Moving forward, do we expect India to continue as a service-driven economy or will policies like “Make in India” boost output and jobs in the manufacturing sector? Alternatively, it could be argued that policies should push for higher GVA from the agriculture sector, keeping in mind employability concerns and self-sufficiency in food production. From a clean energy perspective, one could anticipate that renewable energy sectors like solar and wind will continue to remain in the spotlight up to and beyond 2030. A close examination of the economic structures of Europe or the USA will prove valuable in informing India’s future choice of sectors, and help accelerate the process of leapfrogging to a sustainable economy.
Such studies are best done by an integrated analytical framework. A detailed economic model can identify crucial interlinkages among sectors. More importantly, socio-economic information like household consumption, incomes and jobs can be used to assess a range of policy questions. For instance, do households that earn higher incomes necessarily demand more cars? If so, what impacts would this have on the automobile sector? Will investments and jobs increase? Or, will households instead choose to spend their money in real estate? Ultimately, what impact would these demand patterns have on India’s emissions? It becomes obvious that if addressed in silos, these questions become extremely difficult to answer. And, any policy intervention will be incomplete because of its failure to address impacts on other parts of the system.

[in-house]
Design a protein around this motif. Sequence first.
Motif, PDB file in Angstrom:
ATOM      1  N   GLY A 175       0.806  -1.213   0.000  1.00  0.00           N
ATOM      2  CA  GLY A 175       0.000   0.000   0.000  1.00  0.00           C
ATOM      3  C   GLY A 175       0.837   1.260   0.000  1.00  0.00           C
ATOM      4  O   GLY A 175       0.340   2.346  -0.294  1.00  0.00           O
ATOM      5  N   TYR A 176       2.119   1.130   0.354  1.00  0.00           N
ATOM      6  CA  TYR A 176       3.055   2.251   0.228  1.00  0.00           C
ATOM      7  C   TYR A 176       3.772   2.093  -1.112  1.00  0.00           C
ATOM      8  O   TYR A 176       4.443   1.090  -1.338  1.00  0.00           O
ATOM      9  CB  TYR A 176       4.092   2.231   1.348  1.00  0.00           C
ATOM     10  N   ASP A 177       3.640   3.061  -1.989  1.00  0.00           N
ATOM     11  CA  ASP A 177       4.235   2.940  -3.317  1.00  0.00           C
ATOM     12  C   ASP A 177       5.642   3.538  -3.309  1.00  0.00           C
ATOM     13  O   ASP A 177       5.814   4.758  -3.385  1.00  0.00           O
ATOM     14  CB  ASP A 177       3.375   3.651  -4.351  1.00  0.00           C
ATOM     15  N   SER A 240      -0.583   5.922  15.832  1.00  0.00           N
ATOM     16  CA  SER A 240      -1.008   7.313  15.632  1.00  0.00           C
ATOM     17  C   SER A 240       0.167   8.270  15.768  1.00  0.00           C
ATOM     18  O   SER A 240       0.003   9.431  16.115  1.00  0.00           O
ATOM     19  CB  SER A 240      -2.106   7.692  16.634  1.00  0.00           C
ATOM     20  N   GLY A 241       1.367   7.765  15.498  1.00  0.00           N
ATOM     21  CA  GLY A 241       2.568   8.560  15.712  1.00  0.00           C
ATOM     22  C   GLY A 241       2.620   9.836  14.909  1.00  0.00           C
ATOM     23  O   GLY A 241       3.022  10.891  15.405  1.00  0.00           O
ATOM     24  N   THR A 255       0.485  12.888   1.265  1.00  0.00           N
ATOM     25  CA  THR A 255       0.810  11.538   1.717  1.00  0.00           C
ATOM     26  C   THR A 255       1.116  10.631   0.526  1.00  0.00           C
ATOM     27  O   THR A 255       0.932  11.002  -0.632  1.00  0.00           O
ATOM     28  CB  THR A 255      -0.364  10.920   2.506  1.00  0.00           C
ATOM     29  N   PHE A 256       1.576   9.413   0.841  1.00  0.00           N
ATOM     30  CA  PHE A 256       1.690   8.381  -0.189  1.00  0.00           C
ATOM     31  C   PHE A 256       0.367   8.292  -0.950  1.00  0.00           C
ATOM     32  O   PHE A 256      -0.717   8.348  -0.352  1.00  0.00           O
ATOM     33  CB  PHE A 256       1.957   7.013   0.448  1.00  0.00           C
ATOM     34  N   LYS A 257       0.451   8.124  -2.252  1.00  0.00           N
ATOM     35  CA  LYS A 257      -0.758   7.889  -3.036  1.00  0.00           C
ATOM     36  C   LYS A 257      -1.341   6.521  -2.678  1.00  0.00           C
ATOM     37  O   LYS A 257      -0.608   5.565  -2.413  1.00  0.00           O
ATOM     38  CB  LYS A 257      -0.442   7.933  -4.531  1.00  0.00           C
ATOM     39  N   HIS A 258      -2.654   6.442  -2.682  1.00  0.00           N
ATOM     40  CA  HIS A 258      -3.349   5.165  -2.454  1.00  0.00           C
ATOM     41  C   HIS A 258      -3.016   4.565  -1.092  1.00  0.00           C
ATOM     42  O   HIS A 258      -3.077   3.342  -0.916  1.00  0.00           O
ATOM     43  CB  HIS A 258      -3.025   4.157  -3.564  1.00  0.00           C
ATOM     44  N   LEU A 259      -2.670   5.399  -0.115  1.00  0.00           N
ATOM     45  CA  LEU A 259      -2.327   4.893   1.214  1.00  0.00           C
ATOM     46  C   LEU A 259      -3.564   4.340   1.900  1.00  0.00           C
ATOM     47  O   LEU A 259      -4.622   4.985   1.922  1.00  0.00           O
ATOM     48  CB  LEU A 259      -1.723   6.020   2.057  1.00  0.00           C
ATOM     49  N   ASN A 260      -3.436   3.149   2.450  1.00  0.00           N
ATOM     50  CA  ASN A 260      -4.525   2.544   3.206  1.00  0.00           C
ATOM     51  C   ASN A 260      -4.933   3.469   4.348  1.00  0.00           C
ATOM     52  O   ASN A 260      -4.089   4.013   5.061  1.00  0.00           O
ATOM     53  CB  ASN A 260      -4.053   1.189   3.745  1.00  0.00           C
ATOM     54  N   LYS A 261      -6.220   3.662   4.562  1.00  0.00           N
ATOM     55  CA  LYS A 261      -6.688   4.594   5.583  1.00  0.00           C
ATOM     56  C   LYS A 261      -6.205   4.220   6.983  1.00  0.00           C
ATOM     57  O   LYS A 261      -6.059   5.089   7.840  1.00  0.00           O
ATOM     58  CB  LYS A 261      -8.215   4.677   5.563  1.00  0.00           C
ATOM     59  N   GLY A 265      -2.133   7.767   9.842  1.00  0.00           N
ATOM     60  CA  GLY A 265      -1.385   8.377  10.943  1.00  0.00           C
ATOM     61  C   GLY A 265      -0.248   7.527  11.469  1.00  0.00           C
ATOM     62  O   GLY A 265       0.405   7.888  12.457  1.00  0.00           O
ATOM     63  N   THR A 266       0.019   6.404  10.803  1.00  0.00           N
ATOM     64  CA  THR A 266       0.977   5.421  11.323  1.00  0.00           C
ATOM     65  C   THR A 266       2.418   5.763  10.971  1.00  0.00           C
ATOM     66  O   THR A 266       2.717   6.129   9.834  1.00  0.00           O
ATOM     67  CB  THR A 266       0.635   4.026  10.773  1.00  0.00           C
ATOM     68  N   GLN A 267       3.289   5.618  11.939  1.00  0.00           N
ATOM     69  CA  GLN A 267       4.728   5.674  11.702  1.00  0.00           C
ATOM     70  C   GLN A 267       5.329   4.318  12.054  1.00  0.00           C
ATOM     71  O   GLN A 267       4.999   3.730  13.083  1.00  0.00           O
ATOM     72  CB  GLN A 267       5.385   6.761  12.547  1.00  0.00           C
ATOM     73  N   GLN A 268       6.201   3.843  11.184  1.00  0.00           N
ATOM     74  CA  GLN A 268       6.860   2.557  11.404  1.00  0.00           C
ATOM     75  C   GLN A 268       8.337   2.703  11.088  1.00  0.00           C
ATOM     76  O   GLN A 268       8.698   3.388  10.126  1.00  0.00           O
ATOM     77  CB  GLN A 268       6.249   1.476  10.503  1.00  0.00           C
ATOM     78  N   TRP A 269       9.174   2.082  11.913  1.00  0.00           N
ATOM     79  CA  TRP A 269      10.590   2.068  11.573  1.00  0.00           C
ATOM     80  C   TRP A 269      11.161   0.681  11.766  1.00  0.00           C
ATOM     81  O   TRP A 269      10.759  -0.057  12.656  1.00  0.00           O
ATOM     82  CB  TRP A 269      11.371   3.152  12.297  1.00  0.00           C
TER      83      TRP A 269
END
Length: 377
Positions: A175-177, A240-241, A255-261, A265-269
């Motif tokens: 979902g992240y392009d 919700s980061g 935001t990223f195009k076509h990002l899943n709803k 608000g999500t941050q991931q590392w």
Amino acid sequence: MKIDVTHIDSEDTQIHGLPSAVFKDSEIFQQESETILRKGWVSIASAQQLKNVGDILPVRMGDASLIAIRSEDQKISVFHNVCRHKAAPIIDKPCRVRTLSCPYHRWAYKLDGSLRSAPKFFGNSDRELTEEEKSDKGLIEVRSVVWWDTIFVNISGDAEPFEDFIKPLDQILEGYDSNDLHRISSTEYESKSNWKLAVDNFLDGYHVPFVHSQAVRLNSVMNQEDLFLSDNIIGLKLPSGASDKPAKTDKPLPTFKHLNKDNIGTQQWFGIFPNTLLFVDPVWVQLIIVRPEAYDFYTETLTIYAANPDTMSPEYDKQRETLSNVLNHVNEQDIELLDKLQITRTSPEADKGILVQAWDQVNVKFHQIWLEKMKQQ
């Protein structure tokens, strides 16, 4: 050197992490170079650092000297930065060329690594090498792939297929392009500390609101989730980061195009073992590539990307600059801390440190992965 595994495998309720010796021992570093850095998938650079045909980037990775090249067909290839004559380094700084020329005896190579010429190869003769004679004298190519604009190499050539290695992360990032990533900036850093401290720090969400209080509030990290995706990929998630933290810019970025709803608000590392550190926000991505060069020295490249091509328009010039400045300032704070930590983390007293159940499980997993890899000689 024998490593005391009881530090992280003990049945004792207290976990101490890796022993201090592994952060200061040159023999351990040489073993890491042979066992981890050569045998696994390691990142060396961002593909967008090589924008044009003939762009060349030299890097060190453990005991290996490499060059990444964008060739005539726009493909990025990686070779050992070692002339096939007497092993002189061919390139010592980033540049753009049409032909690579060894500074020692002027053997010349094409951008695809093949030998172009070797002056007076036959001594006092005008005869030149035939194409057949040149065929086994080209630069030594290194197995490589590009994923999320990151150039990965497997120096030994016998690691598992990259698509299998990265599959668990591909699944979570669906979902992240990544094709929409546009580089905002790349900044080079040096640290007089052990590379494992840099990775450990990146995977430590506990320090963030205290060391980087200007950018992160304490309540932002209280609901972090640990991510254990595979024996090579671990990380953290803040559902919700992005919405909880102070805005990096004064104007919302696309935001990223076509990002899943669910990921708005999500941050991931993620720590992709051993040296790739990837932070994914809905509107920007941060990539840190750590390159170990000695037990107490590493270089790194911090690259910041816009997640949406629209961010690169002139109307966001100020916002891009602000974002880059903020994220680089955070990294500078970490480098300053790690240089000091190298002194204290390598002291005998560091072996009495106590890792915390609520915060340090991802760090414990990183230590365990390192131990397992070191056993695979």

In this context, energy-environment-economy models (commonly known as E3) are often used to explore greenhouse gas mitigation policies. One such class of models is the computable general equilibrium (CGE) model. The large-scale, comprehensive analytical framework is widely used to make long-term projections on issues related to growth, jobs, investments and emissions. More importantly, it can be used to assess the economy-wide consequences of changes in policies.